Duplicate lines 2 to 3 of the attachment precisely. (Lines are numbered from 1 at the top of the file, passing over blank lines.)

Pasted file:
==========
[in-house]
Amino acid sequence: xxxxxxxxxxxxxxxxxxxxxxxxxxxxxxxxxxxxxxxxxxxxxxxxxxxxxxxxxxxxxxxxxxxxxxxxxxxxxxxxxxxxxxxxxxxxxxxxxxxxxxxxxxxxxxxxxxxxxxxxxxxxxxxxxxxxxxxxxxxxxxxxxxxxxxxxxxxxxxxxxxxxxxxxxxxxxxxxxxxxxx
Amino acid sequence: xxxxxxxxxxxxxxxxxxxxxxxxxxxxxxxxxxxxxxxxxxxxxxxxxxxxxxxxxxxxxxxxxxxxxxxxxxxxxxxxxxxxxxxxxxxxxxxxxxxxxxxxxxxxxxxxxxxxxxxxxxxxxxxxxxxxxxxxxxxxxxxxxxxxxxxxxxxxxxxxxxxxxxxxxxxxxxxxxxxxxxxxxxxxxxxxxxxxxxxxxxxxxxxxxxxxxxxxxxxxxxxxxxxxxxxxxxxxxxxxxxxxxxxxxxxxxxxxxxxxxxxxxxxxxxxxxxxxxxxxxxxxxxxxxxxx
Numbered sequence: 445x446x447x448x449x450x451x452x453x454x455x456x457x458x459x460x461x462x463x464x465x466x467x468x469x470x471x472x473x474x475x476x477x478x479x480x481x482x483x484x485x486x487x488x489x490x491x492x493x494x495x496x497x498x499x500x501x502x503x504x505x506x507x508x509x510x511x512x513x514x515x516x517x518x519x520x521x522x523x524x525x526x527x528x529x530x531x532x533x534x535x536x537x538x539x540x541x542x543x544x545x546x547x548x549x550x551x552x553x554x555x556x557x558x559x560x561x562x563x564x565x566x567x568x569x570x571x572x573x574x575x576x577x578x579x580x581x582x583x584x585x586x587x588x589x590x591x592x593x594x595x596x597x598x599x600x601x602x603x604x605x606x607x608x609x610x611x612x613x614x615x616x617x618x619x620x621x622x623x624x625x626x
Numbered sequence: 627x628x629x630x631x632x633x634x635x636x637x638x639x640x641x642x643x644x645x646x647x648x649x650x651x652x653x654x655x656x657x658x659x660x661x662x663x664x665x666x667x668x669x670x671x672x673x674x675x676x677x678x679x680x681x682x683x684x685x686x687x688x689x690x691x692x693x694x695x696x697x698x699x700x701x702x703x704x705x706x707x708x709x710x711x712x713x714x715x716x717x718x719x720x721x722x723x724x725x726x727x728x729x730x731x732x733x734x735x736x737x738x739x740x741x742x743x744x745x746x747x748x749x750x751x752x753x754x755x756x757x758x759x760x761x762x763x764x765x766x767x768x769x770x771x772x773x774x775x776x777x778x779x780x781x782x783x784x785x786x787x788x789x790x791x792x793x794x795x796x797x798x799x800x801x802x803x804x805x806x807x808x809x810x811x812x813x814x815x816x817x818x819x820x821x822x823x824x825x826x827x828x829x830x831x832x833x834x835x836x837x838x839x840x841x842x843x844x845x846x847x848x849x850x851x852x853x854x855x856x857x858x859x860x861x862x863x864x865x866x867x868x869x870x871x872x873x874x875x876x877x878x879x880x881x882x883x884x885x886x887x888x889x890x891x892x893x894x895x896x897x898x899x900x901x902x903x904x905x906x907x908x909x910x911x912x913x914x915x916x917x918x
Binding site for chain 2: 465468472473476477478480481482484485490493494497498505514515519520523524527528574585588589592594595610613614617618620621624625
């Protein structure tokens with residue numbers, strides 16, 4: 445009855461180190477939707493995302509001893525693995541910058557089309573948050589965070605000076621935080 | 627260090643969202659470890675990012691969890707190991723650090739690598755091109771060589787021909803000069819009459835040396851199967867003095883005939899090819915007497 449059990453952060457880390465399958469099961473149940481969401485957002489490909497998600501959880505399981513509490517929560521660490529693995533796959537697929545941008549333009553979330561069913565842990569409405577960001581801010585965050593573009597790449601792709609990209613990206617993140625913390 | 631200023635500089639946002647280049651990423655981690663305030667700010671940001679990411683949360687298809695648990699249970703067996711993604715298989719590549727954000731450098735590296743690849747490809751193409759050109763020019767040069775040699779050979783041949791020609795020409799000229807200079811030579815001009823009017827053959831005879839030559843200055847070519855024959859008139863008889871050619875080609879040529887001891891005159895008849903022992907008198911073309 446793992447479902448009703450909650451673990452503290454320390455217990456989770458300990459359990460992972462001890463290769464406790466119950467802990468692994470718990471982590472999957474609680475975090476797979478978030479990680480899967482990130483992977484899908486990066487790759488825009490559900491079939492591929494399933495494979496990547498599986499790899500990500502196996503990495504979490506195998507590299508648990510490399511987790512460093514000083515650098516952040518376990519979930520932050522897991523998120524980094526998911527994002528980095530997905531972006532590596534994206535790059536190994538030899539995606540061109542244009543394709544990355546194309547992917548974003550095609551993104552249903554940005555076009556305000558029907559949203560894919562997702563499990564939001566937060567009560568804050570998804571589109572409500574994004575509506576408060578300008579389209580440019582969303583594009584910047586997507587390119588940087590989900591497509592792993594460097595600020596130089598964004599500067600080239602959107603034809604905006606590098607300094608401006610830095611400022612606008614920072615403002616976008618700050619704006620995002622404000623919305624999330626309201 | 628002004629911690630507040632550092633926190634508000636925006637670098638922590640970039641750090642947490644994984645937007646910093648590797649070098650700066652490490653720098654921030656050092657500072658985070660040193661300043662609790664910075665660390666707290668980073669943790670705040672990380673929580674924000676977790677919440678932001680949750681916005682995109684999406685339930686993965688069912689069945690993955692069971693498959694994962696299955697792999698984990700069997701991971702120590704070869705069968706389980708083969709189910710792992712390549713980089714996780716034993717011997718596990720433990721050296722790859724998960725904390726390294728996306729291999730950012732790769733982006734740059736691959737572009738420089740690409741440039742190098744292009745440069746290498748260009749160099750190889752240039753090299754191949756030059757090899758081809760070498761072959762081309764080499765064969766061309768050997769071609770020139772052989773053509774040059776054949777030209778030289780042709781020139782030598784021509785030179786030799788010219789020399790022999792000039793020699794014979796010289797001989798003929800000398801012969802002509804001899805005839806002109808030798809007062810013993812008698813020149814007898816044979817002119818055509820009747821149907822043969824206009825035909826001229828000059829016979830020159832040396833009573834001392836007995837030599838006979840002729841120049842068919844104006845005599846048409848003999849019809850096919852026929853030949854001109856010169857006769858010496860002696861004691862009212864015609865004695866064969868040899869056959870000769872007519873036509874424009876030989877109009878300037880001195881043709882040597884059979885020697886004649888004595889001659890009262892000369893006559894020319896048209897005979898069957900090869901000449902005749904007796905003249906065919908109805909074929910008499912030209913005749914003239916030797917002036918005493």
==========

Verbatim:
Amino acid sequence: xxxxxxxxxxxxxxxxxxxxxxxxxxxxxxxxxxxxxxxxxxxxxxxxxxxxxxxxxxxxxxxxxxxxxxxxxxxxxxxxxxxxxxxxxxxxxxxxxxxxxxxxxxxxxxxxxxxxxxxxxxxxxxxxxxxxxxxxxxxxxxxxxxxxxxxxxxxxxxxxxxxxxxxxxxxxxxxxxxxxxx
Amino acid sequence: xxxxxxxxxxxxxxxxxxxxxxxxxxxxxxxxxxxxxxxxxxxxxxxxxxxxxxxxxxxxxxxxxxxxxxxxxxxxxxxxxxxxxxxxxxxxxxxxxxxxxxxxxxxxxxxxxxxxxxxxxxxxxxxxxxxxxxxxxxxxxxxxxxxxxxxxxxxxxxxxxxxxxxxxxxxxxxxxxxxxxxxxxxxxxxxxxxxxxxxxxxxxxxxxxxxxxxxxxxxxxxxxxxxxxxxxxxxxxxxxxxxxxxxxxxxxxxxxxxxxxxxxxxxxxxxxxxxxxxxxxxxxxxxxxxxx